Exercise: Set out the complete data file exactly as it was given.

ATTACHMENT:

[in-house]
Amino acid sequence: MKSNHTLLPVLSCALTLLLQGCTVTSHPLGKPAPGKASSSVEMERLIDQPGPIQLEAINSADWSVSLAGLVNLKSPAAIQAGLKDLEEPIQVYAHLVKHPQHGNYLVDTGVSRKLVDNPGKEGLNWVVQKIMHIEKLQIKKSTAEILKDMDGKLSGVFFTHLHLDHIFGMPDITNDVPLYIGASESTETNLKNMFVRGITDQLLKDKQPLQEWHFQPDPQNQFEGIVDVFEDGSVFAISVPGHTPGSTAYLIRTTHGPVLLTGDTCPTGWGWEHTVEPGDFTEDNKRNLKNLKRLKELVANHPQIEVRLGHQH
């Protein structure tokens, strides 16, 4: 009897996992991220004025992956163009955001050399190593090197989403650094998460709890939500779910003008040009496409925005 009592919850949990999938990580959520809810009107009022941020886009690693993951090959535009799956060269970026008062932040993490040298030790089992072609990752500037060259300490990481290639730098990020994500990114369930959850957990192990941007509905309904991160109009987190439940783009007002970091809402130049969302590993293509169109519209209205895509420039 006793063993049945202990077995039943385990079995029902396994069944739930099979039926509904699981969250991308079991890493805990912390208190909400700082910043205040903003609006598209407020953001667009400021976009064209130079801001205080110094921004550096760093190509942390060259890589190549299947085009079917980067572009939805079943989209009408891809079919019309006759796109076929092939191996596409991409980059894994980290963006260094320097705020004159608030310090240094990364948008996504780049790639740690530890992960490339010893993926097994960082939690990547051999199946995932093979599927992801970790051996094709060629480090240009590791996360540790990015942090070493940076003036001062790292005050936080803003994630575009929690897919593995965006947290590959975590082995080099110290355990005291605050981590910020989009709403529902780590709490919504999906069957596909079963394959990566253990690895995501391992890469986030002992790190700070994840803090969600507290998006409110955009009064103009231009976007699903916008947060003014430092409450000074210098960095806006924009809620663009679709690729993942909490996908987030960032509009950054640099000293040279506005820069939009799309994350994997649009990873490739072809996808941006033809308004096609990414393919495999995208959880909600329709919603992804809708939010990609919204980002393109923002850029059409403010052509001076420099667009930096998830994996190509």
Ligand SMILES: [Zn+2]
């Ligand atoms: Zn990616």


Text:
[in-house]
Amino acid sequence: MKSNHTLLPVLSCALTLLLQGCTVTSHPLGKPAPGKASSSVEMERLIDQPGPIQLEAINSADWSVSLAGLVNLKSPAAIQAGLKDLEEPIQVYAHLVKHPQHGNYLVDTGVSRKLVDNPGKEGLNWVVQKIMHIEKLQIKKSTAEILKDMDGKLSGVFFTHLHLDHIFGMPDITNDVPLYIGASESTETNLKNMFVRGITDQLLKDKQPLQEWHFQPDPQNQFEGIVDVFEDGSVFAISVPGHTPGSTAYLIRTTHGPVLLTGDTCPTGWGWEHTVEPGDFTEDNKRNLKNLKRLKELVANHPQIEVRLGHQH
């Protein structure tokens, strides 16, 4: 009897996992991220004025992956163009955001050399190593090197989403650094998460709890939500779910003008040009496409925005 009592919850949990999938990580959520809810009107009022941020886009690693993951090959535009799956060269970026008062932040993490040298030790089992072609990752500037060259300490990481290639730098990020994500990114369930959850957990192990941007509905309904991160109009987190439940783009007002970091809402130049969302590993293509169109519209209205895509420039 006793063993049945202990077995039943385990079995029902396994069944739930099979039926509904699981969250991308079991890493805990912390208190909400700082910043205040903003609006598209407020953001667009400021976009064209130079801001205080110094921004550096760093190509942390060259890589190549299947085009079917980067572009939805079943989209009408891809079919019309006759796109076929092939191996596409991409980059894994980290963006260094320097705020004159608030310090240094990364948008996504780049790639740690530890992960490339010893993926097994960082939690990547051999199946995932093979599927992801970790051996094709060629480090240009590791996360540790990015942090070493940076003036001062790292005050936080803003994630575009929690897919593995965006947290590959975590082995080099110290355990005291605050981590910020989009709403529902780590709490919504999906069957596909079963394959990566253990690895995501391992890469986030002992790190700070994840803090969600507290998006409110955009009064103009231009976007699903916008947060003014430092409450000074210098960095806006924009809620663009679709690729993942909490996908987030960032509009950054640099000293040279506005820069939009799309994350994997649009990873490739072809996808941006033809308004096609990414393919495999995208959880909600329709919603992804809708939010990609919204980002393109923002850029059409403010052509001076420099667009930096998830994996190509």
Ligand SMILES: [Zn+2]
């Ligand atoms: Zn990616």